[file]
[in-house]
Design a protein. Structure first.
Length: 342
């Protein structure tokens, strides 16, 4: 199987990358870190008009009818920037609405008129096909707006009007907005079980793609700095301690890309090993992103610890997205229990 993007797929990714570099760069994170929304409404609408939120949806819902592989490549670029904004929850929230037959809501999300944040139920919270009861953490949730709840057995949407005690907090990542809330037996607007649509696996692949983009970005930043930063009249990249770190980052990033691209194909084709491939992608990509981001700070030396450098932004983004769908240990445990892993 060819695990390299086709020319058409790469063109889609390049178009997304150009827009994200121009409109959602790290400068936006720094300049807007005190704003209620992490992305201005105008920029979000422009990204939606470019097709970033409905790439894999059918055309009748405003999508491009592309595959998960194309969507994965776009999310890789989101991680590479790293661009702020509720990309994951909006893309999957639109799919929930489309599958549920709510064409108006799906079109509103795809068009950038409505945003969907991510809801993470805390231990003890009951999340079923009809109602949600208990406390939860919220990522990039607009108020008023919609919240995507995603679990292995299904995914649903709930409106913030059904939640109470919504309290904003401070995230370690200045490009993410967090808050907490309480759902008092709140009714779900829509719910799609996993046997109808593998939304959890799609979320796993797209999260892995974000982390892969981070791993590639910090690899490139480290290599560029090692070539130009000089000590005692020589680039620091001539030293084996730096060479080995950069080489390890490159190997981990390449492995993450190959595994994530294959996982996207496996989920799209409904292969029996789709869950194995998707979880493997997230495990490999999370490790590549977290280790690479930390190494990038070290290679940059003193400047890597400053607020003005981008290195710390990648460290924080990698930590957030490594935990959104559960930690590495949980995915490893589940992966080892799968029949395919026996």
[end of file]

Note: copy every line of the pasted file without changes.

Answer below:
[in-house]
Design a protein. Structure first.
Length: 342
């Protein structure tokens, strides 16, 4: 199987990358870190008009009818920037609405008129096909707006009007907005079980793609700095301690890309090993992103610890997205229990 993007797929990714570099760069994170929304409404609408939120949806819902592989490549670029904004929850929230037959809501999300944040139920919270009861953490949730709840057995949407005690907090990542809330037996607007649509696996692949983009970005930043930063009249990249770190980052990033691209194909084709491939992608990509981001700070030396450098932004983004769908240990445990892993 060819695990390299086709020319058409790469063109889609390049178009997304150009827009994200121009409109959602790290400068936006720094300049807007005190704003209620992490992305201005105008920029979000422009990204939606470019097709970033409905790439894999059918055309009748405003999508491009592309595959998960194309969507994965776009999310890789989101991680590479790293661009702020509720990309994951909006893309999957639109799919929930489309599958549920709510064409108006799906079109509103795809068009950038409505945003969907991510809801993470805390231990003890009951999340079923009809109602949600208990406390939860919220990522990039607009108020008023919609919240995507995603679990292995299904995914649903709930409106913030059904939640109470919504309290904003401070995230370690200045490009993410967090808050907490309480759902008092709140009714779900829509719910799609996993046997109808593998939304959890799609979320796993797209999260892995974000982390892969981070791993590639910090690899490139480290290599560029090692070539130009000089000590005692020589680039620091001539030293084996730096060479080995950069080489390890490159190997981990390449492995993450190959595994994530294959996982996207496996989920799209409904292969029996789709869950194995998707979880493997997230495990490999999370490790590549977290280790690479930390190494990038070290290679940059003193400047890597400053607020003005981008290195710390990648460290924080990698930590957030490594935990959104559960930690590495949980995915490893589940992966080892799968029949395919026996």